The Craighead Bridge, one-span, 134'-long, pin-connected Pratt thru truss bridge has members composed of standard built-up sections and eyebars. The bridge retains its original lattice railings and is supported on stone abutments. Open steel grid deck and steel stringers were placed ca. 1960. The bridge was fabricated in 1899 by the Pittsburgh Bridge Co. and erected by their agents, Nelson & Buchanan of Chambersburg. It is historically and technologically significant as a complete example of the popular Pratt truss design that dominated metal truss highway bridge construction in the late 19th century. The bridge has significance as one of five extant truss highway bridges from 1889 to 1899 in Cumberland County, and one of three Pratt truss bridges. The bridge documents the work of a regionally important metal truss bridge fabricator and builder.
Photo courtesy

At any rate, the state of Alaska says it still has $70-$80 million “left” for Gravina Access.

If it can get three slightly used bridges for $1,500 it would definitely be one of those “win, win” situations that everyone likes to jabber on and on about.

Speaking of which, how often do you actually get a “win, win” situation? Doesn’t someone else have to “lose” before you can “win?” If you both “win” isn’t that a tie? In sports that it what is known as “kissing your sister.”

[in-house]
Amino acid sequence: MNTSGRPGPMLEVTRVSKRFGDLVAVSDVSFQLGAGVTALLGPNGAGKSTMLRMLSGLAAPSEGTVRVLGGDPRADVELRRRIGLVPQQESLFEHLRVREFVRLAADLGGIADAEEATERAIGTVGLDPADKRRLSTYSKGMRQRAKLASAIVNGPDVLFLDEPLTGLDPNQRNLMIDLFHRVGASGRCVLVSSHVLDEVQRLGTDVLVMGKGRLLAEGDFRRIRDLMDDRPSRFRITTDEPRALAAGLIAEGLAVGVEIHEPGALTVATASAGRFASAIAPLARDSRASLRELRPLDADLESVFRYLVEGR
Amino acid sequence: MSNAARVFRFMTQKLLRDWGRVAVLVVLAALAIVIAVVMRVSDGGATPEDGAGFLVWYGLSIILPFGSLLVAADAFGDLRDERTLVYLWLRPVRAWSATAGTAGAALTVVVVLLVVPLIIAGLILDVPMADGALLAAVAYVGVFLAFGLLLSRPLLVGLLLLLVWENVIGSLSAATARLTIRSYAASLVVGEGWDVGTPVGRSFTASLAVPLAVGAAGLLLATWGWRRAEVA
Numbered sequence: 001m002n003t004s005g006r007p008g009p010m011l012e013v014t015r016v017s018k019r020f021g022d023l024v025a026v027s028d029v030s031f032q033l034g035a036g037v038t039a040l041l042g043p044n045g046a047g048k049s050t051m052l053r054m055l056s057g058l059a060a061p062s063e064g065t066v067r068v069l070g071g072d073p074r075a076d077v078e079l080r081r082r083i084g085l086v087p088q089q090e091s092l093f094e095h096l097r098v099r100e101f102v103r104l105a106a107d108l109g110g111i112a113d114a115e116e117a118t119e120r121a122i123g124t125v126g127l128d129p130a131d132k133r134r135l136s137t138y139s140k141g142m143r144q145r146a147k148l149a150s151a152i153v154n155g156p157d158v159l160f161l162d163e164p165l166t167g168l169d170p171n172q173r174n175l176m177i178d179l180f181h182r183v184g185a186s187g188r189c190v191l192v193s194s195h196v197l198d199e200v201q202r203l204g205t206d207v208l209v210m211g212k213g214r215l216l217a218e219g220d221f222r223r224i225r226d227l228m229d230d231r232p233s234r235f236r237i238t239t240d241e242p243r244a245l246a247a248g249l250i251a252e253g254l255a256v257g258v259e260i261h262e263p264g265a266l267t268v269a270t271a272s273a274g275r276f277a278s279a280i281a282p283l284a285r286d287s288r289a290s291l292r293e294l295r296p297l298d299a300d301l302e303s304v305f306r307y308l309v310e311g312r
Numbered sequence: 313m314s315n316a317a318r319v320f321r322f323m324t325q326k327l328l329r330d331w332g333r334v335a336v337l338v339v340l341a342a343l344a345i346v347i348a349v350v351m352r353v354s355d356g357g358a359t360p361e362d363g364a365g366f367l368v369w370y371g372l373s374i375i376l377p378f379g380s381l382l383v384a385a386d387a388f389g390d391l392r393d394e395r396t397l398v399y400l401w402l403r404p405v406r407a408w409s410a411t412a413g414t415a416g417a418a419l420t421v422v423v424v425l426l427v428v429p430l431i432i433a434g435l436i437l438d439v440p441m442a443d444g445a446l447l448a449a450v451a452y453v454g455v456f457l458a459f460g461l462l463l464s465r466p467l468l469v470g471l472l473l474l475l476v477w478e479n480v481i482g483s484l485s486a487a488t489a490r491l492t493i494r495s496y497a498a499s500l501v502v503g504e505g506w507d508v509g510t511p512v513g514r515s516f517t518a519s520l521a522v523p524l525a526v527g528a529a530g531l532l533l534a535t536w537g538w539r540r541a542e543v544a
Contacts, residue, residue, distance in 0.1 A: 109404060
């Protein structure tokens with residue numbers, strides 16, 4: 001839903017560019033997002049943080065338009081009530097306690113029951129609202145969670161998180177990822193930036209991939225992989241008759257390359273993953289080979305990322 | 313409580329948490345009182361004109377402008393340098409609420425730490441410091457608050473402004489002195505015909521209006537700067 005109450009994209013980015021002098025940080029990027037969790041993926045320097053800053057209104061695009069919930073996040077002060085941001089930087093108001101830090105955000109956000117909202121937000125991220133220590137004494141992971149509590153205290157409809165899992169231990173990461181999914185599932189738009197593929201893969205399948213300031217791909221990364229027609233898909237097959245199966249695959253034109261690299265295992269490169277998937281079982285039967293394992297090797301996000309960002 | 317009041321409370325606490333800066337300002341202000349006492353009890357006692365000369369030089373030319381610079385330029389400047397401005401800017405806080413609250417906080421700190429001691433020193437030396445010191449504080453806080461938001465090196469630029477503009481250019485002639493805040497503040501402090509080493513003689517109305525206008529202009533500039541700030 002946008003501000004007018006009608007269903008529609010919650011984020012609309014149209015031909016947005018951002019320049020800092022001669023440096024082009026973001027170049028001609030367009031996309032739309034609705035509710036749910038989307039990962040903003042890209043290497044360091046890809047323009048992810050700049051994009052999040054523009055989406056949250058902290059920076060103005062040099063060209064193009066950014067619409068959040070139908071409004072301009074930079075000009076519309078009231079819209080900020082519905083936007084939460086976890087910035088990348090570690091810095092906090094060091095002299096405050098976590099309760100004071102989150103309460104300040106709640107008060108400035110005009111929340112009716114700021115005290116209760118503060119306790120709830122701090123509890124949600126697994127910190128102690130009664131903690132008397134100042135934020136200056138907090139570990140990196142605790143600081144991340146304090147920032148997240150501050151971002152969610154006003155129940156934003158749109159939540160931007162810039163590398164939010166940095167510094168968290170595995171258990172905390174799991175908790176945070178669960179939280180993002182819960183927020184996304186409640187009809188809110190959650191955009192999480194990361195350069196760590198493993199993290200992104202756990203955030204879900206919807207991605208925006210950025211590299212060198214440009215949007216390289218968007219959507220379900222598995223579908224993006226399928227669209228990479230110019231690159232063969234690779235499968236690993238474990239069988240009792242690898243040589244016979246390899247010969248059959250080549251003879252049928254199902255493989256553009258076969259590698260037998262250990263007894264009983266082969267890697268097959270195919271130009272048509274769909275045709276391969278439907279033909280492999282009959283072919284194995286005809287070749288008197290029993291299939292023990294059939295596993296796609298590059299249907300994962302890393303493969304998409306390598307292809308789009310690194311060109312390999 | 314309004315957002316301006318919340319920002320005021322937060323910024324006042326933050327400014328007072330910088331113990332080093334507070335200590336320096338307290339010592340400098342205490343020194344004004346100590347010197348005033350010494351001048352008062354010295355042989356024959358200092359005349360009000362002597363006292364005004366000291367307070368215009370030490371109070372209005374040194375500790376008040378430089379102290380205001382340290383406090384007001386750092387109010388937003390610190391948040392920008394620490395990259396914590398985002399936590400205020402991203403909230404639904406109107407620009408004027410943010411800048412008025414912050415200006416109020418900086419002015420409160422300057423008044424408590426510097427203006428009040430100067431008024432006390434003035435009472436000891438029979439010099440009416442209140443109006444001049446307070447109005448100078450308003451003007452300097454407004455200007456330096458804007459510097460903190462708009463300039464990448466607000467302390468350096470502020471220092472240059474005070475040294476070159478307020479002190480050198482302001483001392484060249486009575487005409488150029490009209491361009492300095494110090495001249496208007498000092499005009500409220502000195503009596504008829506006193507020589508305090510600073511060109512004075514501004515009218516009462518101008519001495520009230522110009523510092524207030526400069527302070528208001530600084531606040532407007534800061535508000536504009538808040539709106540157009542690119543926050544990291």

And since Our Fair Salmon City is not in the Mat-Su Valley we take a rather dim view of kissing our sisters. At least most of the time.

Anyway, we get the state to buy the bridges, string them together, use some of that $70 odd million to build a few ramps or whatever and there you have it.

Access is ours. And no more Bridge to Nowhere because everyone knows that $1,500 is not enough of an “earmark” to all up on step about.

Heck, for $70 million we could probably buy all 6,000 bridges in Pennsylvania. And then we could string them across Knick Arm and “speed” up the former Governor’s rides home. That way she won’t have to speed home and get all sideways with the State Troopers (something else that I read in the paper).

Now that would be a “win, win” to Nowhere.

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Dave Kiffer is a freelance writer living in Ketchikan, Alaska.